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Russian Jet Makes 'Miracle' Crash Landing

A Russian passenger plane carrying 81 people crash landed  due to power failure at a deserted air strip in Siberia on Tuesday.  The plane, a Tupolev (TU-154) airliner en route to Moscow was forced to
PTI September 09, 2010 12:31 IST
PTI
A Russian passenger plane carrying 81 people crash landed  due to power failure at a deserted air strip in Siberia on Tuesday.  

The plane, a Tupolev (TU-154) airliner en route to Moscow was forced to glide down from its cruising altitude of 10,000 meter (33,000 feet) with no working navigation gear and at a high speed after its wing flaps failed, the general prosecutor's office said.  

The 72 passengers, including three children, and nine crew members were in shock but unhurt after the pilot guided his plane down on to the defunct runway overgrown with trees and weeds. 



The landing was later hailed as "heroic" and "miraculous".

"After its electrical equipment failed, the crew was forced to land the plane. The landing was manual, without radio contact,'' the prosecutors' office said.  

Forced down at the tiny air strip built for helicopter use, the passenger liner overshot the tarmac, tearing through 200 metres of forest brush before coming to rest, it said.

But the air base's runway near the village of Izhma in the northern Komi region was too short for the big Tupolev that was landing at a speed much higher than usual because of the systems failure, and the plane rolled off into a nearby forest.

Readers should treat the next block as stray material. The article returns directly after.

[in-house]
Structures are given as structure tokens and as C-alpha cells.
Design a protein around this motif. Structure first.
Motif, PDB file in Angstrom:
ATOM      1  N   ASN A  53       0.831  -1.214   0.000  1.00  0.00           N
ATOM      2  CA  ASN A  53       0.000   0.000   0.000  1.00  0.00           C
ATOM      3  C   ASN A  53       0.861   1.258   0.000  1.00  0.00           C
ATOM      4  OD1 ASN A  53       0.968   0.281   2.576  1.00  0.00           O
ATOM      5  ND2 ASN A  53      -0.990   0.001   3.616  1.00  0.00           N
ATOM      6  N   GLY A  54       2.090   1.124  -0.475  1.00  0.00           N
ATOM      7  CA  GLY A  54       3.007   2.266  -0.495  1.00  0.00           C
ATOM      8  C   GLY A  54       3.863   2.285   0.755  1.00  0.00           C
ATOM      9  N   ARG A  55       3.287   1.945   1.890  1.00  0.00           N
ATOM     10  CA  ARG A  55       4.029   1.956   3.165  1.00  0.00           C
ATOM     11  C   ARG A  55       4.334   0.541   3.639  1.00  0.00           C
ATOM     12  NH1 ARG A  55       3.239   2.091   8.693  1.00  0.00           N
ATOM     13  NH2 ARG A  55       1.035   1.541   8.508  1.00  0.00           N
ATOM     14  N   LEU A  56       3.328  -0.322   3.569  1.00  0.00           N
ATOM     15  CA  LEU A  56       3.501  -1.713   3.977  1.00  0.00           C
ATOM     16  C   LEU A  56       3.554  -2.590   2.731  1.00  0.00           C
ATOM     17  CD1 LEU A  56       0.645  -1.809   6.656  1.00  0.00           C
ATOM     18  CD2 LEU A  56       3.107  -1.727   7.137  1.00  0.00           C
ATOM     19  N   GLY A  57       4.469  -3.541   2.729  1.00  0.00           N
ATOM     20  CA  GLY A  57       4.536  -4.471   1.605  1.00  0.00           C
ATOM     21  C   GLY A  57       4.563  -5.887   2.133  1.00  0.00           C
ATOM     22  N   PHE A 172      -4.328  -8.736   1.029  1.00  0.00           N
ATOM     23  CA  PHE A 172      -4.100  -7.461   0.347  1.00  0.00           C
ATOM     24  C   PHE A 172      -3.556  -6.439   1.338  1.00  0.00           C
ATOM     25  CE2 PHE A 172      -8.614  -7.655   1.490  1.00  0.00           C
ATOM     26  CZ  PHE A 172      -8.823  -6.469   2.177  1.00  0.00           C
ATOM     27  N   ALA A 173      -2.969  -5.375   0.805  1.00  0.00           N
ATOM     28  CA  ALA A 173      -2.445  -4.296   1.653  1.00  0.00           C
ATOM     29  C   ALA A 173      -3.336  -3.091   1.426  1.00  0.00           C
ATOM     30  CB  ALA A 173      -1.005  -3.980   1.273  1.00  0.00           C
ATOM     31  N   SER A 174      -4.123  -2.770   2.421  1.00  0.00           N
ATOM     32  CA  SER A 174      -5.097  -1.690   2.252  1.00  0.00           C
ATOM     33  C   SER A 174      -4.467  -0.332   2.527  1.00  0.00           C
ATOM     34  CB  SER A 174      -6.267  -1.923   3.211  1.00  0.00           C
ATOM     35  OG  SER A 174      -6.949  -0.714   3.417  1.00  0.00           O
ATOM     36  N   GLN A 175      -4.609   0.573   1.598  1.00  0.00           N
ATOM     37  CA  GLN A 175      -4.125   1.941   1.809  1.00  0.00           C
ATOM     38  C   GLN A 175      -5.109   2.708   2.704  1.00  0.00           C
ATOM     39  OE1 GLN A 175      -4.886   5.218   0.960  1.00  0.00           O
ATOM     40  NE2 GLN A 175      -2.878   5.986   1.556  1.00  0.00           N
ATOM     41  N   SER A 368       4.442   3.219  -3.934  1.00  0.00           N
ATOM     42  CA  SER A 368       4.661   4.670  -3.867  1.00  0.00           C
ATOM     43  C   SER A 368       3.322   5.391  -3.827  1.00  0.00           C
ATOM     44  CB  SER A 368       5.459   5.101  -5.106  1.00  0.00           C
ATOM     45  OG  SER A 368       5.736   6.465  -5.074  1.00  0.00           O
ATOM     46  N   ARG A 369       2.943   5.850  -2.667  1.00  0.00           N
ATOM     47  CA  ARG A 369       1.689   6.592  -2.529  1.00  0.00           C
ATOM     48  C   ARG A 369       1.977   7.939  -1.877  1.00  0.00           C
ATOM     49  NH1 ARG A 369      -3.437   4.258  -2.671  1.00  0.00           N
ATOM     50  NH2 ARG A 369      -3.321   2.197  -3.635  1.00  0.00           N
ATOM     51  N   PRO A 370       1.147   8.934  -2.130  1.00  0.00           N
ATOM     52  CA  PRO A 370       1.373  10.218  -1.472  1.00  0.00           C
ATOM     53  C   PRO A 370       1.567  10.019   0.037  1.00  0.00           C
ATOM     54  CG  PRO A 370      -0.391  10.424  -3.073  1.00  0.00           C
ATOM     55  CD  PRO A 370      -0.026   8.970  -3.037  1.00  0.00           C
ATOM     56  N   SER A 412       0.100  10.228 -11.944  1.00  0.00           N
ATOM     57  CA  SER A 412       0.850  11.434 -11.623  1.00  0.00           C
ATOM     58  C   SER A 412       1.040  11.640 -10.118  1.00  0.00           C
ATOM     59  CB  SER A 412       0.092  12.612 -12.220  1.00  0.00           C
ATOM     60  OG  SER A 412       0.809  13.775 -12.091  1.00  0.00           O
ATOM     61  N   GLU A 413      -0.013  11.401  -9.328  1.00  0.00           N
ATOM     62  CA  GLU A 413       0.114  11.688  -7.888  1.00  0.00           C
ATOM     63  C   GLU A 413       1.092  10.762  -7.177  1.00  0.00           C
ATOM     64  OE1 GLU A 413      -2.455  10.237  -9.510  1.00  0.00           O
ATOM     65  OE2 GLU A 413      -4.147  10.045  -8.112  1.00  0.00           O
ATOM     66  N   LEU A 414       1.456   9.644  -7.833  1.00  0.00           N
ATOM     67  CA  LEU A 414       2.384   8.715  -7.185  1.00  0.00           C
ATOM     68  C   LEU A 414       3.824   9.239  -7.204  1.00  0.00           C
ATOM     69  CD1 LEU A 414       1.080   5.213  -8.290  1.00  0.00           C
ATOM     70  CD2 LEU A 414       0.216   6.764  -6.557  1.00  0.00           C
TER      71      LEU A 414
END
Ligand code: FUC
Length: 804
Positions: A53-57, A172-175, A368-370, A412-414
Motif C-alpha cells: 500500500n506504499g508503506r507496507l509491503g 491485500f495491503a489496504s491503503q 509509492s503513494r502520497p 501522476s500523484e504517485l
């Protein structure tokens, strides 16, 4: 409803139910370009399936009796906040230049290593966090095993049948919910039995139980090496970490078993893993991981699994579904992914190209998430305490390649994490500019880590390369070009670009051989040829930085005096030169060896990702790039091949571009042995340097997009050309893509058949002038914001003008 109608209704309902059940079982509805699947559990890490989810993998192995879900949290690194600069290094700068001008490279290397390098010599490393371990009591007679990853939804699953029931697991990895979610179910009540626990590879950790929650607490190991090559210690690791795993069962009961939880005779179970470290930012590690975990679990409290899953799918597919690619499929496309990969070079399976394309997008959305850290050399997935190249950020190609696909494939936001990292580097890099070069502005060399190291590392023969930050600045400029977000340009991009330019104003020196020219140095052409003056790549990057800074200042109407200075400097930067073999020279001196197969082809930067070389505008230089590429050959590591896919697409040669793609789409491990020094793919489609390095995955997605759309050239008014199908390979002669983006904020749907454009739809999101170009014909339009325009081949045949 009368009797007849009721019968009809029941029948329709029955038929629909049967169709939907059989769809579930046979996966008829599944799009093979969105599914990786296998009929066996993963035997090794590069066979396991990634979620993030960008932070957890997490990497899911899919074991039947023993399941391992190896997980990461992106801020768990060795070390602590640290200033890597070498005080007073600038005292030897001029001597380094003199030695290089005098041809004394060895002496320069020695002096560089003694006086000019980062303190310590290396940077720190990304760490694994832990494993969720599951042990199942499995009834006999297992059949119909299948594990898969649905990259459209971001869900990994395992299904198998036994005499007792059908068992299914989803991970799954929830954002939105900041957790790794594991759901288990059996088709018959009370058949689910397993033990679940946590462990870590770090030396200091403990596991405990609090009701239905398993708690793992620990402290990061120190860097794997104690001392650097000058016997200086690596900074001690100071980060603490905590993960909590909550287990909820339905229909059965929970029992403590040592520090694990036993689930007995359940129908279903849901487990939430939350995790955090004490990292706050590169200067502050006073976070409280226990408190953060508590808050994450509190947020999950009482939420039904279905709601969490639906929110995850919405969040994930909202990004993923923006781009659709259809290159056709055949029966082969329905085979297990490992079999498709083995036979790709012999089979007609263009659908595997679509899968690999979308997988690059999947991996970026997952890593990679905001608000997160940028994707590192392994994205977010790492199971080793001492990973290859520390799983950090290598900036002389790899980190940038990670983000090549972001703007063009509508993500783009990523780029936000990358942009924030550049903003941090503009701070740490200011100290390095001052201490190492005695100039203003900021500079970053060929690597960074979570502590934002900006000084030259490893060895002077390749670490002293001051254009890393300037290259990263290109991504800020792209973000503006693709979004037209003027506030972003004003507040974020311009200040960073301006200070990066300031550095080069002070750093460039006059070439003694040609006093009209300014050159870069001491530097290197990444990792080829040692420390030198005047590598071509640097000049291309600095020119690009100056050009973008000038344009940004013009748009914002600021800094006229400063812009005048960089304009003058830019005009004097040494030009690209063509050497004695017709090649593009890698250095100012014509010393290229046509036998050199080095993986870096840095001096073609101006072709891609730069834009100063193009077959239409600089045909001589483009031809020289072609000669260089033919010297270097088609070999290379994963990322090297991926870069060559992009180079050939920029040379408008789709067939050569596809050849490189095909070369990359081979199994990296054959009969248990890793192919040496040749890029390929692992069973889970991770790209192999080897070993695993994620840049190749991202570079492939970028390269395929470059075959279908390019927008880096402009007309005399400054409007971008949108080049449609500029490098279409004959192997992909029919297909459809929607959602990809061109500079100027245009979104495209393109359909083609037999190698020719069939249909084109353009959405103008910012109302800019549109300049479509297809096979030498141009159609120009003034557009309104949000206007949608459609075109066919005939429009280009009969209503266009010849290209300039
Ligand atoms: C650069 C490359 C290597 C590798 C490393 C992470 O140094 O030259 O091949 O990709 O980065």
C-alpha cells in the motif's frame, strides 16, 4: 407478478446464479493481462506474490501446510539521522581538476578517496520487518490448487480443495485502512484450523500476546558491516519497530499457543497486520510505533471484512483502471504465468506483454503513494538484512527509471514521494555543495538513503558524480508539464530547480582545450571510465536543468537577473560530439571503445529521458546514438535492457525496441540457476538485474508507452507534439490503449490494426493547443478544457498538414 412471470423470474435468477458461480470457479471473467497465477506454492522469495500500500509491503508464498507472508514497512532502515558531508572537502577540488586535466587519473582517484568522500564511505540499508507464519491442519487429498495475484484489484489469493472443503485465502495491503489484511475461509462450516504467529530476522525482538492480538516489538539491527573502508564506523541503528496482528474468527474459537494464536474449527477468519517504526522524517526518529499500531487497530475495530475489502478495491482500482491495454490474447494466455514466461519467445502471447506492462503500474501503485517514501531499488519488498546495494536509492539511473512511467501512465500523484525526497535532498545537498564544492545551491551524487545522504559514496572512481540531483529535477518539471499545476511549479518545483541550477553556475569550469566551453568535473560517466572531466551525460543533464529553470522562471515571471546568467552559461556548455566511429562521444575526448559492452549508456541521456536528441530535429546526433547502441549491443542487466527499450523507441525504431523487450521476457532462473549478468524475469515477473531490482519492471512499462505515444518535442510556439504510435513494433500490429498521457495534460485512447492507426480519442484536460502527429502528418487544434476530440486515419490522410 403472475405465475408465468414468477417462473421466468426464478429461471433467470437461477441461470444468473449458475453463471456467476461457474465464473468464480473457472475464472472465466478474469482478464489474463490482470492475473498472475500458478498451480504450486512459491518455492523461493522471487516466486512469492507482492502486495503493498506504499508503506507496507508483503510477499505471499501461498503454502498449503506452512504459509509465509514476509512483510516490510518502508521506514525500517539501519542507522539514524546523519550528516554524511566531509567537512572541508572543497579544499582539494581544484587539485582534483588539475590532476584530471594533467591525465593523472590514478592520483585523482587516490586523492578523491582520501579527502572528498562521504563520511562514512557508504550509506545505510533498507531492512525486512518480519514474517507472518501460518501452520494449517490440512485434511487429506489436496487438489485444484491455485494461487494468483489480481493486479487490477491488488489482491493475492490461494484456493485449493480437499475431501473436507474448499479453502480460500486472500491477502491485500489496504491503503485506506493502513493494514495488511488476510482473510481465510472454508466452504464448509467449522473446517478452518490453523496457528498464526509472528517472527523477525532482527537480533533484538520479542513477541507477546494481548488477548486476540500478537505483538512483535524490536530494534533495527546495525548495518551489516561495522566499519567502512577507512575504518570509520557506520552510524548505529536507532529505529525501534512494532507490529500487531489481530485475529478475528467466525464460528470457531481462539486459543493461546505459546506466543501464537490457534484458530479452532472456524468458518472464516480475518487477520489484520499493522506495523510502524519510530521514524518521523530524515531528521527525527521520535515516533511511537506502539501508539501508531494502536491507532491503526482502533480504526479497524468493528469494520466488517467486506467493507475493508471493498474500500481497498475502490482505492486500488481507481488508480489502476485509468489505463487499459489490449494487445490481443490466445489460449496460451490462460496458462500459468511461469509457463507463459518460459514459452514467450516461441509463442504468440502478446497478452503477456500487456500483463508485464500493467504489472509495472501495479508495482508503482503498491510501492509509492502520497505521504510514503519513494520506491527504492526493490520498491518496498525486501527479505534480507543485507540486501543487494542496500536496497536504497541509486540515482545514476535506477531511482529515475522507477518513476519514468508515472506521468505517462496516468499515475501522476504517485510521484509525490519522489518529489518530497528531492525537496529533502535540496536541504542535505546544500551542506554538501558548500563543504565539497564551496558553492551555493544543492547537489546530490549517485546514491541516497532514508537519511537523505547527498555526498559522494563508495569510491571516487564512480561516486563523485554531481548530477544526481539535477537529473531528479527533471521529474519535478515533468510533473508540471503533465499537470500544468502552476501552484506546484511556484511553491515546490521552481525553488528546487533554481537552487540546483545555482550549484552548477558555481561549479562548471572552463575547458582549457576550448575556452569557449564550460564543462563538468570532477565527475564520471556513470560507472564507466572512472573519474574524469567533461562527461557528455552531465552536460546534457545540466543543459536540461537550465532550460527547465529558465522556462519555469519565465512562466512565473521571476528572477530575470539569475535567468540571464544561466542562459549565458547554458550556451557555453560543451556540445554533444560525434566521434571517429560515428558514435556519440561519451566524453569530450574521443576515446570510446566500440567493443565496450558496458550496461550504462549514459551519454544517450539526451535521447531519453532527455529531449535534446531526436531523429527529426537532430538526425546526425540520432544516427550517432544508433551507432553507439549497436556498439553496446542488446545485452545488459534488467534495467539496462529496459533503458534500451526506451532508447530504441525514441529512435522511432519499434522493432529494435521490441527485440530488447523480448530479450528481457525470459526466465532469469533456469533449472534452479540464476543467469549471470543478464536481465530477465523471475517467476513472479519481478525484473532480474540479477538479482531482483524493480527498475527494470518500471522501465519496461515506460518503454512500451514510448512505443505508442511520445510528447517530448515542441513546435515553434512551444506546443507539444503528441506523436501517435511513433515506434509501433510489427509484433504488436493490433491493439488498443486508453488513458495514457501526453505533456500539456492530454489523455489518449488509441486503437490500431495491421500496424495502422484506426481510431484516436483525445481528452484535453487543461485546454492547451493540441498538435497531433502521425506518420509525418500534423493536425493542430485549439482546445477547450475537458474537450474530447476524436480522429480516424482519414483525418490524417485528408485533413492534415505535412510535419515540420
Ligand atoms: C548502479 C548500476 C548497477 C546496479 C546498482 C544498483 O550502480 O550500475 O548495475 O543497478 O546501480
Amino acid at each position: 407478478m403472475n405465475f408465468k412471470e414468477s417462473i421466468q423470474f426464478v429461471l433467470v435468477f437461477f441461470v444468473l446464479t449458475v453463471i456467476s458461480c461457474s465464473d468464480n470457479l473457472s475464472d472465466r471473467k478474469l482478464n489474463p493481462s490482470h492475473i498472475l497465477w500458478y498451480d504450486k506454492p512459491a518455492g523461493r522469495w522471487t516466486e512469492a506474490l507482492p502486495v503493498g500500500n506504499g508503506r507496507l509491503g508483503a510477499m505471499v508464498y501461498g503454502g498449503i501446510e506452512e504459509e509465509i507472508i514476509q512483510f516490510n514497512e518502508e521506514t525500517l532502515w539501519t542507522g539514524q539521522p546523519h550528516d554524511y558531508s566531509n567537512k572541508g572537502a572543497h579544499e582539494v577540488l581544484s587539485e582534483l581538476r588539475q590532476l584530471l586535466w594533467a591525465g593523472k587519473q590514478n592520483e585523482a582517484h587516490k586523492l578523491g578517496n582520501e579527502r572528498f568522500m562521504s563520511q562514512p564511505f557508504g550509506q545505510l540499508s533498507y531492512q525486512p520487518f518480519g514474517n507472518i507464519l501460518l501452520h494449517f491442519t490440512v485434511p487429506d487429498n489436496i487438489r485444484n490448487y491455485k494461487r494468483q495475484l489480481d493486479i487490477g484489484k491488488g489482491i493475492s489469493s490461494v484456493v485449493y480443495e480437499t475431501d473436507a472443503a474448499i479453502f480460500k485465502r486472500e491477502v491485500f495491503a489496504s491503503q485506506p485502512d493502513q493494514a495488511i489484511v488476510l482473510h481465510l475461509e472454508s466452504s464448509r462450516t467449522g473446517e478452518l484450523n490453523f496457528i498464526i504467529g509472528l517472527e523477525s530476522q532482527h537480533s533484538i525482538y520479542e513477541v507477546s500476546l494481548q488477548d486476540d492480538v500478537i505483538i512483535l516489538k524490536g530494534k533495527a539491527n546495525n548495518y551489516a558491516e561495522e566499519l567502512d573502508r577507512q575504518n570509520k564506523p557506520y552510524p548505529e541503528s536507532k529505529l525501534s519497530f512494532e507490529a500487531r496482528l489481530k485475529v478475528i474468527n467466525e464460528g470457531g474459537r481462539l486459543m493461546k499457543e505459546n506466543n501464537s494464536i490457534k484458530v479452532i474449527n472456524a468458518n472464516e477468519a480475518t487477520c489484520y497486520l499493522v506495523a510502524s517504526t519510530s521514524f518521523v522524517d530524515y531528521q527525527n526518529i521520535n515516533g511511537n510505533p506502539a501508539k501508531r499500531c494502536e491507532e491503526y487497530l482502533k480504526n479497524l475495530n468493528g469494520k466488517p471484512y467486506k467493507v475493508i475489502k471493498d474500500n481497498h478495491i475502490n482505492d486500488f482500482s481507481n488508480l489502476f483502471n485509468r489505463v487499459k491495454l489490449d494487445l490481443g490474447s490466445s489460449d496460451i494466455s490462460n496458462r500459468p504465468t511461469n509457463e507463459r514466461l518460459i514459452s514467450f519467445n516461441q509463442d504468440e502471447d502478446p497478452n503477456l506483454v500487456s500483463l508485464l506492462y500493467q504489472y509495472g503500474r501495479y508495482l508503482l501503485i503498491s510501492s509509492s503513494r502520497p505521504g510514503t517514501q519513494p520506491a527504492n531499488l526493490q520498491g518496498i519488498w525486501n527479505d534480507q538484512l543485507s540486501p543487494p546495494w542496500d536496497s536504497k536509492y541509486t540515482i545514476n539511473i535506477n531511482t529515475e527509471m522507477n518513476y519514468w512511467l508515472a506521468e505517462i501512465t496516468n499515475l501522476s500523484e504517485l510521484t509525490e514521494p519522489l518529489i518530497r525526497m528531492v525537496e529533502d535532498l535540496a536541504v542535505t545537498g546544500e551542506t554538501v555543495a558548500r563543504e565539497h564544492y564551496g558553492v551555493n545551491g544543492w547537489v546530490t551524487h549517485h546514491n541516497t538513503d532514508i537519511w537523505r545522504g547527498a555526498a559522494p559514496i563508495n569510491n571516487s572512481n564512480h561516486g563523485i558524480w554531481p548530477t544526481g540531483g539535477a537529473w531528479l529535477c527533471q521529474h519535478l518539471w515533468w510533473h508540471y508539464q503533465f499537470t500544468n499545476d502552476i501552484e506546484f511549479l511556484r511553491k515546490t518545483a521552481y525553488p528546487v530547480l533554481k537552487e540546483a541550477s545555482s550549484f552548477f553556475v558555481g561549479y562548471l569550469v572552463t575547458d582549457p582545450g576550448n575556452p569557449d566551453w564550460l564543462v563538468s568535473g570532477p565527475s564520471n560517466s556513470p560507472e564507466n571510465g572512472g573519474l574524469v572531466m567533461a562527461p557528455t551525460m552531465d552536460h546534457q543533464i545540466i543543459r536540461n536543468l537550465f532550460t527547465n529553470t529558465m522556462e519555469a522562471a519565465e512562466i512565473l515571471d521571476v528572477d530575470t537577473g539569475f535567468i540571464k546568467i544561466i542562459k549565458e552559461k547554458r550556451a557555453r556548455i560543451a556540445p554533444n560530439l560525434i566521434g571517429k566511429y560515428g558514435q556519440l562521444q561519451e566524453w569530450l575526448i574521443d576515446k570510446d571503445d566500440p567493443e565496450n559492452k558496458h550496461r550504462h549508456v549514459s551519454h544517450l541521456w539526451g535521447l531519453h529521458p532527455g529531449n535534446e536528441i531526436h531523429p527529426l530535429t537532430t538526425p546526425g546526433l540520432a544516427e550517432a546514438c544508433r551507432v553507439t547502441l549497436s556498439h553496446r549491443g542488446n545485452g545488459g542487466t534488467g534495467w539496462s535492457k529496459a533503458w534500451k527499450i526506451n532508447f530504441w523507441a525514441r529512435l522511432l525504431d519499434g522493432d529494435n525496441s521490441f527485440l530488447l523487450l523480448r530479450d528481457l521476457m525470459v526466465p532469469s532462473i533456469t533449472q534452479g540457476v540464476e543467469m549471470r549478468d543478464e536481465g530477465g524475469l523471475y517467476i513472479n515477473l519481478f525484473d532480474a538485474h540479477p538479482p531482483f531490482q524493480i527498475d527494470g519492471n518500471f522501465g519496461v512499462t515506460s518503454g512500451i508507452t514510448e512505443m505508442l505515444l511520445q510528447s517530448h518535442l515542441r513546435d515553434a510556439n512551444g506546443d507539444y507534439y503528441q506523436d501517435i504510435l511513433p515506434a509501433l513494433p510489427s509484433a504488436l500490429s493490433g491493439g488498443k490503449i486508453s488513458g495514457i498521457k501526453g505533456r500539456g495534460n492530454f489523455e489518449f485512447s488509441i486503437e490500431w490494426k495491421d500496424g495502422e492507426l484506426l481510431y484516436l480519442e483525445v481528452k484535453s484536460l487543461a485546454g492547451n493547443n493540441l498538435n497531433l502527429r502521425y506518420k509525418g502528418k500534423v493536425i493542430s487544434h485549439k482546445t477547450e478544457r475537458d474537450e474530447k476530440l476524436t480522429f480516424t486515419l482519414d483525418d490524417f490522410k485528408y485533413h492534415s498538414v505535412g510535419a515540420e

Russian television stations showed footage of the airliner sitting among mostly intact young trees.

The State Investigative Committee said it would probe what caused the accident. The plane is owned by Alrosa airlines.  

"We had no time to get scared," passenger Alexey Grishin said on Rossiya television. "We only got scared when we got out of the plane."

Grishin and other passengers praised the pilots who managed to land despite overwhelming odds.  

The electrical system failure meant that the flaps intended to slow the plane down on final approach didn't work. 



One veteran Russian pilot likened Tuesday's landing to the successful landing of a U.S. Airways jet in the Hudson River in January 2009.

"Our boy was just as great an ace as the American pilot who managed to save the people and the craft in an emergency," pilot Yuri Sytnik told the ITAR-Tass news agency.

Officials wouldn't comment on possible reasons behind the plane's systems failure. Alexander Neradko, the head of the state civil aviation agency, said Wednesday that the authorities would conduct additional checks but wouldn't ground any Tu-154s pending the investigation.  

The Tu-154, first flown in 1968, has been a mainstay with Soviet and the Russian civil aviation and hundreds are still in service in Russia and other nations.  

The plane, operated by Alrosa Mirny Air Enterprise, which belongs to diamond monopoly Alrosa, now lies sunk in a bog beyond the disused air field, near the village of Izhma in Russia's far northern Komi region, 1500 kilometres from Moscow.



Local blogs and twitter pages buzzed with calls for Russia to award the airliner's pilot a medal for his "miraculous'' and "heroic'' landing.

Meanwhile, the ITAR-TASS news agency said all of the stranded passengers had Wednesday safely made it to Moscow on another flight - except for one couple who preferred to travel by train after their ordeal.